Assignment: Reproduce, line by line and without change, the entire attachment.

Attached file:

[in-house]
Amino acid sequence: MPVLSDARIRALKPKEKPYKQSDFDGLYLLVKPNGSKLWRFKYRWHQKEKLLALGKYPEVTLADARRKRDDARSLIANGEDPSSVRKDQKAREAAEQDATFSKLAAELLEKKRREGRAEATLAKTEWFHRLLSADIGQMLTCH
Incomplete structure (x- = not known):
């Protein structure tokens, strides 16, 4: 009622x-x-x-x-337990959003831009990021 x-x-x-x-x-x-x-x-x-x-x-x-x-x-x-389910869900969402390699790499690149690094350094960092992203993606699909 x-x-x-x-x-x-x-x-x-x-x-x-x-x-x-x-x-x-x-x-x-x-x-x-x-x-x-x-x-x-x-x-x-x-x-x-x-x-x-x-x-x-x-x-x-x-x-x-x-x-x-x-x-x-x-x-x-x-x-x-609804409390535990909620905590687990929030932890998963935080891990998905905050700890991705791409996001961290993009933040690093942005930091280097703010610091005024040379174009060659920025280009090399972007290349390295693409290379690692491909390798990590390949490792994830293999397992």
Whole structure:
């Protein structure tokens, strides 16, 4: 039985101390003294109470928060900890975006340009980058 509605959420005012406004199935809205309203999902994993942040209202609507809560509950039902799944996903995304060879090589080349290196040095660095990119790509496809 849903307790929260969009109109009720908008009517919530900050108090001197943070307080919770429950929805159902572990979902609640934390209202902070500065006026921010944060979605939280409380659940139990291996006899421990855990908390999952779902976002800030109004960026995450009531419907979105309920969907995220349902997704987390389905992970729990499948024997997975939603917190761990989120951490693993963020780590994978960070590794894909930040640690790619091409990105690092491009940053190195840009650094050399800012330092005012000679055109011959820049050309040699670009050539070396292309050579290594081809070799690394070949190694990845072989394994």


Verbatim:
[in-house]
Amino acid sequence: MPVLSDARIRALKPKEKPYKQSDFDGLYLLVKPNGSKLWRFKYRWHQKEKLLALGKYPEVTLADARRKRDDARSLIANGEDPSSVRKDQKAREAAEQDATFSKLAAELLEKKRREGRAEATLAKTEWFHRLLSADIGQMLTCH
Incomplete structure (x- = not known):
């Protein structure tokens, strides 16, 4: 009622x-x-x-x-337990959003831009990021 x-x-x-x-x-x-x-x-x-x-x-x-x-x-x-389910869900969402390699790499690149690094350094960092992203993606699909 x-x-x-x-x-x-x-x-x-x-x-x-x-x-x-x-x-x-x-x-x-x-x-x-x-x-x-x-x-x-x-x-x-x-x-x-x-x-x-x-x-x-x-x-x-x-x-x-x-x-x-x-x-x-x-x-x-x-x-x-609804409390535990909620905590687990929030932890998963935080891990998905905050700890991705791409996001961290993009933040690093942005930091280097703010610091005024040379174009060659920025280009090399972007290349390295693409290379690692491909390798990590390949490792994830293999397992």
Whole structure:
């Protein structure tokens, strides 16, 4: 039985101390003294109470928060900890975006340009980058 509605959420005012406004199935809205309203999902994993942040209202609507809560509950039902799944996903995304060879090589080349290196040095660095990119790509496809 849903307790929260969009109109009720908008009517919530900050108090001197943070307080919770429950929805159902572990979902609640934390209202902070500065006026921010944060979605939280409380659940139990291996006899421990855990908390999952779902976002800030109004960026995450009531419907979105309920969907995220349902997704987390389905992970729990499948024997997975939603917190761990989120951490693993963020780590994978960070590794894909930040640690790619091409990105690092491009940053190195840009650094050399800012330092005012000679055109011959820049050309040699670009050539070396292309050579290594081809070799690394070949190694990845072989394994």